How City Staff and Toll Road-Backers Misled Mayor Mike Rawlings

As Tim pointed out in Leading Off, there is some tremendous reporting in the Dallas Morning News today from transportation writer Brandon Formby.

Former Dallas Mayor Laura Miller says the road project originally envisioned has morphed into an "airport runway."
Former Dallas Mayor Laura Miller says the road project originally envisioned has morphed into an “airport runway.”
Photography by Matthew Shelley

As Tim pointed out in Leading Off, there is some tremendous reporting in the Dallas Morning News today from transportation writer Brandon Formby. In his article, Formby lays out the entire chronology of the efforts by former City Manager Mary Suhm and Trinity Commons Foundation Executive Director Craig Holcomb to save the Trinity Toll Road project in the face of mounting opposition. The report comes ahead of today’s private luncheon reveal of the so-called Dream Team’s reworked vision for the road.

The piece pulls back the curtain on just how power brokers have pressed their influence on the mayor, rallying financial support for the pro-road effort, editing his op-eds, counseling him with misinformation or half-truths about the essential features of the road, and coming up with the idea of the dream team and setting the parameters of that groups’ deliberations.

Throughout Rawlings looks like a mayor with scant command of the facts surrounding the Trinity Toll Road, continually professing a lack of knowledge or a shortage of answers, while relying on information fed to him by the pro-road contingent. He is constantly playing catch-up as the ball is kicked down the road by Suhm, Holcomb, Assistant City Manager Jill Jordan, and their backers.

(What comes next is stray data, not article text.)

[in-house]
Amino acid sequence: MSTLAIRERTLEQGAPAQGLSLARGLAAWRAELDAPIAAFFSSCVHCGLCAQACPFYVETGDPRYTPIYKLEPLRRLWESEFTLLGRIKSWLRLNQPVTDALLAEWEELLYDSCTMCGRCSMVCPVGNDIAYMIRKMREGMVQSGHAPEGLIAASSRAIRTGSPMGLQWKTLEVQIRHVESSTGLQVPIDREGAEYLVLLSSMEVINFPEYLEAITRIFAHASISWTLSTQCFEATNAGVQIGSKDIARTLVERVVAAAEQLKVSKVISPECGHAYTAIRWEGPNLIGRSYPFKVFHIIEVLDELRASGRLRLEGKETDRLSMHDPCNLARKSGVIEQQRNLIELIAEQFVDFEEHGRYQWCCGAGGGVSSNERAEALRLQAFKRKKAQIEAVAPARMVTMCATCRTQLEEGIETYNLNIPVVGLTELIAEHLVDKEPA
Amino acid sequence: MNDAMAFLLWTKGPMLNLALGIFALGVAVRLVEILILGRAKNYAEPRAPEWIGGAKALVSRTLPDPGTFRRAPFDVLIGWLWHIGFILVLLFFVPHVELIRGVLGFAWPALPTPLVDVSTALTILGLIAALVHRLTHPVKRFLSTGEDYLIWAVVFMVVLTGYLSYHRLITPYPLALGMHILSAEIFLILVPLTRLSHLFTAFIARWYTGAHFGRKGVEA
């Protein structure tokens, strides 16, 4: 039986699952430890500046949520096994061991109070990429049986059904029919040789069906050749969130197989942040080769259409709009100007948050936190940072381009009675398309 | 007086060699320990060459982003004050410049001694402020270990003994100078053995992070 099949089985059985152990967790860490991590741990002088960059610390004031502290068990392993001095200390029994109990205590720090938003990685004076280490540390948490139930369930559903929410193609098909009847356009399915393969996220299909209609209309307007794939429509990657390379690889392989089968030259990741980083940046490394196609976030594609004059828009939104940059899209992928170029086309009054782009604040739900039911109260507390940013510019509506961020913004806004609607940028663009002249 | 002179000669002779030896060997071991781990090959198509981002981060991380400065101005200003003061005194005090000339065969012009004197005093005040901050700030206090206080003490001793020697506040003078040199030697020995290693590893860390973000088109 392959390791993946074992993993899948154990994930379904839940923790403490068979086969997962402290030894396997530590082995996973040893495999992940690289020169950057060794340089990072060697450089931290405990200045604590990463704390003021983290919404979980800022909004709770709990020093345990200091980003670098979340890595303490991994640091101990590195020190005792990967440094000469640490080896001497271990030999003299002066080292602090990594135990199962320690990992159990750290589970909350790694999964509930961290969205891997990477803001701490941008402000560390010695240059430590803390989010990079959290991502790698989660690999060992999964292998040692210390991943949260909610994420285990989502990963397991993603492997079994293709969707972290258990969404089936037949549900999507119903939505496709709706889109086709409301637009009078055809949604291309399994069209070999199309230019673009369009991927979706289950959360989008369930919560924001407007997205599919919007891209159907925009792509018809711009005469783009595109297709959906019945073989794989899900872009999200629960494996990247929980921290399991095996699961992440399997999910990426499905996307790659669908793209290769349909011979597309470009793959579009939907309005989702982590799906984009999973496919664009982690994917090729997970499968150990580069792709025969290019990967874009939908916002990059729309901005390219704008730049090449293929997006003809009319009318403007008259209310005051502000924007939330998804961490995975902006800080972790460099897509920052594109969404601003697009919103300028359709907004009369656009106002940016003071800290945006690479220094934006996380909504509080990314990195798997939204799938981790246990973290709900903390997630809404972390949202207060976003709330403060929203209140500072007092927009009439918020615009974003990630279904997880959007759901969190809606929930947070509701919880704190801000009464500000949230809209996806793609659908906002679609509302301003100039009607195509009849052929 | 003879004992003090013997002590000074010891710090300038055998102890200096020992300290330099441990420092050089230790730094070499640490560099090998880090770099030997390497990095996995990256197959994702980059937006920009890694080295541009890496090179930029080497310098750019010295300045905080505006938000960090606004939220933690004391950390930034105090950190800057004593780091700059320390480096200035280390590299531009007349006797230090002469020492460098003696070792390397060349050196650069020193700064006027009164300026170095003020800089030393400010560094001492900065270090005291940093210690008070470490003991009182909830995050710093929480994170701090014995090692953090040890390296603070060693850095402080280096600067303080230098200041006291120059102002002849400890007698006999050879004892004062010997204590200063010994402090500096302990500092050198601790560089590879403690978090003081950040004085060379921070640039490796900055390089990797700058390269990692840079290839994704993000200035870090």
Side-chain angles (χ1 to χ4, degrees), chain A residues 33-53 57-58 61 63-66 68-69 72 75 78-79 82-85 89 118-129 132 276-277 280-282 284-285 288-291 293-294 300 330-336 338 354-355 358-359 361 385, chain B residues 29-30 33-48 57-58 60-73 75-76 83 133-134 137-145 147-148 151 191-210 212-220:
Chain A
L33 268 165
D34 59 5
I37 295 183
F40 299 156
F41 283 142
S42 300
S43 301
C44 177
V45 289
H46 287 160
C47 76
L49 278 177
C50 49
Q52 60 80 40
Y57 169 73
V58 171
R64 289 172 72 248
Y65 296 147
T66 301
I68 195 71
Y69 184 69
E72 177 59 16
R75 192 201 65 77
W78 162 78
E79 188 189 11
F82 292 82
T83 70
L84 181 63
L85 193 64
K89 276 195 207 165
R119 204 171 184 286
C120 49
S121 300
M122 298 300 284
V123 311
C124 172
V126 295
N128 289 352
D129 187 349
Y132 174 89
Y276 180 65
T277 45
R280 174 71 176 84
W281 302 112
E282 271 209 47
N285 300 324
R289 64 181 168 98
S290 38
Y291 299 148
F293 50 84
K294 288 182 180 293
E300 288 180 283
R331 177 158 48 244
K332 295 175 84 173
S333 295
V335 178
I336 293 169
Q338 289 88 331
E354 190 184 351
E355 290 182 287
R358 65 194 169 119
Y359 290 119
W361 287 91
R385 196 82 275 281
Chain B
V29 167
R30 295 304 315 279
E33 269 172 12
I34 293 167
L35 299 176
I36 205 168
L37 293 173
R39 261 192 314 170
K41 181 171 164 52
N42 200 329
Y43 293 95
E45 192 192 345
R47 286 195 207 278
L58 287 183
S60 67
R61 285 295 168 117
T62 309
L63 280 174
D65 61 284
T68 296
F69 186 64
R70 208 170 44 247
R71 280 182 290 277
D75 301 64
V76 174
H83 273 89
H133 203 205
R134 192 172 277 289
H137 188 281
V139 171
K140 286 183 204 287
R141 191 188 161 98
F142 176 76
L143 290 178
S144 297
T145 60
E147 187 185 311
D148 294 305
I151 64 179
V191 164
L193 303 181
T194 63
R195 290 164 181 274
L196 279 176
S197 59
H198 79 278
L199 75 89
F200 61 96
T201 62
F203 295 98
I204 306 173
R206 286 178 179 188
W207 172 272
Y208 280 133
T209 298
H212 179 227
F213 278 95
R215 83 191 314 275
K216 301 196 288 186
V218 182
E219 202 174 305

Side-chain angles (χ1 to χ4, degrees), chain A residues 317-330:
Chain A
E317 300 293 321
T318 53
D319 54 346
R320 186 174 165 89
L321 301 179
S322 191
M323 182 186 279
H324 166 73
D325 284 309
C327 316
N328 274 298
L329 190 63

Laying out facts against false assertions and letting the contrast speak for itself, Formby’s piece creates a portrait of manipulation and orchestrated confusion. The most revealing section deals with how Jordan misleads the mayor by portraying a false comparison between the road in the Balanced Vision Plan and the Trinity Parkway:

Assistant city manager Jill Jordan prepared for him a comparison between the old road in the Balanced Vision Plan and Trinity Parkway. Jordan took a table from the Balanced Vision Plan that listed the different technical and design aspects of the old road. She added check marks and notes to indicate similarities and differences with what the city is now pursuing.

Jordan’s analysis and notes gloss over some factors that fuel opposition to the current project. . . .

One key factor not addressed by Jordan’s analysis is the earthen shelf supporting the road inside the levees. That is what moved into planned park space and won’t shrink even if fewer lanes are built.

Jordan’s document for the mayor also indicates that the current design caps the toll road at six lanes. Trinity Parkway does still have six main lanes. But portions inside the levee are designed to be eight to nine lanes wide at some points to accommodate drivers entering and exiting main traffic flow. Those lane counts would be higher if ramps, shoulders and a maintenance road were included.

“Jill showed me the math of both of them and they were kind of similar,” Rawlings said.

Rawlings had Suhm, Holcomb and Jordan review an opinion piece he wrote about the project for The News, according to emails provided by Kingston. Jordan suggested he change a statement that the road sent to authorities is “fundamentally” what voters approved to say it is “essentially” the same.

“I don’t have the history as much as the three of them,” Rawlings said.

Here we see how useful to some a weak mayor in a weak mayor system can be.

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